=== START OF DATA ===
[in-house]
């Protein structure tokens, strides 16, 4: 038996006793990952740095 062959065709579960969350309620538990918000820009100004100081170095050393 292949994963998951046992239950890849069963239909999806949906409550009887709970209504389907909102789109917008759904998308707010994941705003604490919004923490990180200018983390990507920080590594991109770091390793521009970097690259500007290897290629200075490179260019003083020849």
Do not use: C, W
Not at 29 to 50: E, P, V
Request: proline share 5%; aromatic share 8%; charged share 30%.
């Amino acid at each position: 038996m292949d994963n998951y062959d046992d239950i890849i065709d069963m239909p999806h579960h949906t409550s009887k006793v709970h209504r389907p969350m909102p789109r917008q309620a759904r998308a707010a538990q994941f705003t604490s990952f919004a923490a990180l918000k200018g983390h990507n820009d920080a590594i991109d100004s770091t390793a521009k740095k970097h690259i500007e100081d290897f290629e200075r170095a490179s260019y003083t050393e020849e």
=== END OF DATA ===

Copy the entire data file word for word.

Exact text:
[in-house]
């Protein structure tokens, strides 16, 4: 038996006793990952740095 062959065709579960969350309620538990918000820009100004100081170095050393 292949994963998951046992239950890849069963239909999806949906409550009887709970209504389907909102789109917008759904998308707010994941705003604490919004923490990180200018983390990507920080590594991109770091390793521009970097690259500007290897290629200075490179260019003083020849």
Do not use: C, W
Not at 29 to 50: E, P, V
Request: proline share 5%; aromatic share 8%; charged share 30%.
């Amino acid at each position: 038996m292949d994963n998951y062959d046992d239950i890849i065709d069963m239909p999806h579960h949906t409550s009887k006793v709970h209504r389907p969350m909102p789109r917008q309620a759904r998308a707010a538990q994941f705003t604490s990952f919004a923490a990180l918000k200018g983390h990507n820009d920080a590594i991109d100004s770091t390793a521009k740095k970097h690259i500007e100081d290897f290629e200075r170095a490179s260019y003083t050393e020849e």